Results. This analysis revealed three critical events. First, medical personnel identified pH1N1 in California children because of an experimental surveillance program, leading to a novel viral strain being identified by CDC. Second, Mexican officials recognized that unconnected outbreaks represented a single phenomenon. Finally, the identification of a pH1N1 outbreak in a New York City high school was hastened by awareness of the emerging pandemic. Analysis of the timeline suggests that at best the global response could have been about one week earlier (which would not have stopped spread to other countries), and could have been much later.
Conclusions. This analysis shows that investments in global surveillance and notification systems made an important difference in the 2009 H1N1 pandemic. In particular, enhanced laboratory capacity in the U.S. and Canada led to earlier detection and characterization of the 2009 H1N1. This includes enhanced capacity at the federal, state, and local levels in the U.S., as well as a trilateral agreement enabling collaboration among U.S., Canada, and Mexico. In addition, improved global notification systems contributed by helping health officials understand the relevance and importance of their own information.
Tooher R, Collins JE, Street JM, et al. Influenza and Other Respiratory Viruses. 7 April 2013. doi:10.1111/irv.12103.
Available at http://onlinelibrary.wiley.com/doi/10.1111/irv.12103/abstract
Background. Effectiveness of pandemic plans and community compliance was extensively researched following the H1N1 pandemic. This systematic review examined community response studies to determine whether behavioural responses to the pandemic were related to level of knowledge about the pandemic, perceived severity of the pandemic and level of concern about the pandemic.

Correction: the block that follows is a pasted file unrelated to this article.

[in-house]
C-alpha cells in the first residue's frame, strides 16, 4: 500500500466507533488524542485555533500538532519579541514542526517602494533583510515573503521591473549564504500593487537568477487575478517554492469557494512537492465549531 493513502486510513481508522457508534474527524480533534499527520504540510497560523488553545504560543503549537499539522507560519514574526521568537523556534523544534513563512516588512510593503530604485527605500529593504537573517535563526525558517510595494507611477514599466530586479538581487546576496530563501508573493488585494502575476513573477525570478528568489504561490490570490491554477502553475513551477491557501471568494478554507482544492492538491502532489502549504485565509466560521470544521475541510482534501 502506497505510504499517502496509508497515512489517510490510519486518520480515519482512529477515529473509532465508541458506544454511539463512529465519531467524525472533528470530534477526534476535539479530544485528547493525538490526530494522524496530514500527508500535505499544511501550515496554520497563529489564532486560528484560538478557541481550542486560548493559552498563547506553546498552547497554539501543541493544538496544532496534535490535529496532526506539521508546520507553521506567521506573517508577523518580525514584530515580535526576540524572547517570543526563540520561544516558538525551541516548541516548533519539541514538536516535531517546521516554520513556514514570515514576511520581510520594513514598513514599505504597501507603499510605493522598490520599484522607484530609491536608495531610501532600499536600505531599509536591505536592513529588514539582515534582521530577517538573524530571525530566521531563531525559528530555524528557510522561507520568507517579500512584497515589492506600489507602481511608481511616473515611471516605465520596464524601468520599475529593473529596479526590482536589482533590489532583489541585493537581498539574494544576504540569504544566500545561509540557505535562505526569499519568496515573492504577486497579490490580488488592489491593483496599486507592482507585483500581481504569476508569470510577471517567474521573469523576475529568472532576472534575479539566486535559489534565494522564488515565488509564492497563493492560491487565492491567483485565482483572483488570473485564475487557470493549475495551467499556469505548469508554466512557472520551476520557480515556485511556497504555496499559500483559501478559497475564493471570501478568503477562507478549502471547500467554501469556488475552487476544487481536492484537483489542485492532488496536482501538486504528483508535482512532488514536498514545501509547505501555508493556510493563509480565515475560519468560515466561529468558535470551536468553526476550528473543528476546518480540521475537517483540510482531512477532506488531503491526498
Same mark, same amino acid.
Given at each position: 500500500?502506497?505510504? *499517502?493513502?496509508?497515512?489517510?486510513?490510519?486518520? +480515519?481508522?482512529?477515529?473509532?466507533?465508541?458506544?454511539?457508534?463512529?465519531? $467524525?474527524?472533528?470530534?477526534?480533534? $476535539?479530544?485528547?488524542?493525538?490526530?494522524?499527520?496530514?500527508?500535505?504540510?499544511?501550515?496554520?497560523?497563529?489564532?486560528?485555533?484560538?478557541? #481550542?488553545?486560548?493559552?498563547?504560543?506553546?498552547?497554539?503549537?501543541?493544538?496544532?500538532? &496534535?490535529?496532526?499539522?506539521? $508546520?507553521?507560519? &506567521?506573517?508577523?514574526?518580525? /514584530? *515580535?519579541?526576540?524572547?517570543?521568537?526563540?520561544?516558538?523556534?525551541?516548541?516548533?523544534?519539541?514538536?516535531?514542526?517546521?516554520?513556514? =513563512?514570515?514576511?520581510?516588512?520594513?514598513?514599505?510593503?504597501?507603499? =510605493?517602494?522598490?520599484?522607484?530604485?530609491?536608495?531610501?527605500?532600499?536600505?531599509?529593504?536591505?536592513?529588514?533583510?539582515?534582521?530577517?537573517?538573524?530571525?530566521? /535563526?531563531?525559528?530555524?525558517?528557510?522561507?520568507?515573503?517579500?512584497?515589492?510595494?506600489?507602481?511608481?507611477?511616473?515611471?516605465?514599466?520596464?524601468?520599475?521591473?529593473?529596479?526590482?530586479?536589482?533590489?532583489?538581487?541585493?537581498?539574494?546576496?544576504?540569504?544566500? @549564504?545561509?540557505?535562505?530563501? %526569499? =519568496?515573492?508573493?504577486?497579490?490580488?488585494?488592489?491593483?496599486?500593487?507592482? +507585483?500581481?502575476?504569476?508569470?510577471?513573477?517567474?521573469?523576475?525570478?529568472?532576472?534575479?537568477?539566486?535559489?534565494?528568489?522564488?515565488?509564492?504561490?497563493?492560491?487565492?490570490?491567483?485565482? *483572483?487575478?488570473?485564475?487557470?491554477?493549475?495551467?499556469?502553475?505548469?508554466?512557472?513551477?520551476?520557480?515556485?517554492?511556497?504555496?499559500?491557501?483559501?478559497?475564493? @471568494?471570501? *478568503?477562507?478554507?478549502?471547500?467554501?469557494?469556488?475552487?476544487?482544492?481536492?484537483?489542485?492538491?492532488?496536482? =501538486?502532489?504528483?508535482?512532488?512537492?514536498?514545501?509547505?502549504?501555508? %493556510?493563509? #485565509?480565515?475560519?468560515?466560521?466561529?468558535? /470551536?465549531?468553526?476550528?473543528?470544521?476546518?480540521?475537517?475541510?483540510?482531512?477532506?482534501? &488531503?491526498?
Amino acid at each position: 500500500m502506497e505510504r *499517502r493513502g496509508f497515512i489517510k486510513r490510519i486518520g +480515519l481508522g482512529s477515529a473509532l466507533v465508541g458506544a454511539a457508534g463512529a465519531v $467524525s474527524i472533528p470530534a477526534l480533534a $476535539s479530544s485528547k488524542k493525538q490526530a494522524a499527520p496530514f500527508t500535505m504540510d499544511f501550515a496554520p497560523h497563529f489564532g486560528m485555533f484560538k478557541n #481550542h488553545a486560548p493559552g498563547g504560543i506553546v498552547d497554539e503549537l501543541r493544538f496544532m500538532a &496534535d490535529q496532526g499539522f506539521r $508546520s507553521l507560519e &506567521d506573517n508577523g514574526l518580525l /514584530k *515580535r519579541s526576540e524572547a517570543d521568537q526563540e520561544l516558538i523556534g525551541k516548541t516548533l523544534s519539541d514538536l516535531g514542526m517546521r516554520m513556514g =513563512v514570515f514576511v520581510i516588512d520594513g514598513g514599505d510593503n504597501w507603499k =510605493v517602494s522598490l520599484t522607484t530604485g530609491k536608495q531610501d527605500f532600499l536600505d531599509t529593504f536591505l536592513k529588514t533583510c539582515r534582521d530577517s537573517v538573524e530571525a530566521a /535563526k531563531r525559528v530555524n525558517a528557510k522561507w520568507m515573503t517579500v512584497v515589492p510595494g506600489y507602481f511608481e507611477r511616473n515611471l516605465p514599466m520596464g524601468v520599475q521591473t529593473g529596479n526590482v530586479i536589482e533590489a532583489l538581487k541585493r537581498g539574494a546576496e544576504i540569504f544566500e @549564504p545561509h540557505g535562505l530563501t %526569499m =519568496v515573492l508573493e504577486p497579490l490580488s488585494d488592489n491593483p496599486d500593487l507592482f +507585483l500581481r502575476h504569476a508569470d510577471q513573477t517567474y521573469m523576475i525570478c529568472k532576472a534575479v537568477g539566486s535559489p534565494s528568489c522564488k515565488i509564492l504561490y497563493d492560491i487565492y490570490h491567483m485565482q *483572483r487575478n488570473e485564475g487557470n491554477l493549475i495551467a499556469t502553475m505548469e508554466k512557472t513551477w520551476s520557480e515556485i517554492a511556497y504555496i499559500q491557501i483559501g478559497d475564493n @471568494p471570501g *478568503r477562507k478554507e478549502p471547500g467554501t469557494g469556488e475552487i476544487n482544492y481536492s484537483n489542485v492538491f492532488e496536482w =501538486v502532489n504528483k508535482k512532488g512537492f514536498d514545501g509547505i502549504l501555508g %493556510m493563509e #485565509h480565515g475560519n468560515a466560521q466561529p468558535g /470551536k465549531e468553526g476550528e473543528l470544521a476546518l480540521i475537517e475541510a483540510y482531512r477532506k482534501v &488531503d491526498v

Methods. Literature databases were searched from March 2009 to August 2011 and included cross-sectional or repeated population surveys undertaken during or following the H1N1 pandemic which reported on community response to the pandemic. Studies using population subgroups and other respiratory diseases were excluded, as were mathematical modelling and qualitative studies.
Results. Nineteen unique studies were included. Fourteen reported pandemic knowledge, 14 reported levels of concern and risk perception and 18 reported pandemic behaviours. Awareness of the pandemic was high, and knowledge was moderate. Levels of concern and risk were low moderate and precautionary behavioural actions lower than intentions. The most commonly reported factors influencing adopting recommended behaviours were increased risk perception and older age, increased pandemic knowledge and being female.
Conclusions. Important implications for future pandemic planning were identified. A remarkable lack of intercountry variability in responses existed; however, differences between populations within a single country suggest one-size-fits-all plans may be ineffective. Secondly, differences between reported precautionary intentions and preventive behaviours undertaken may be related to people’s perceived risk of infection.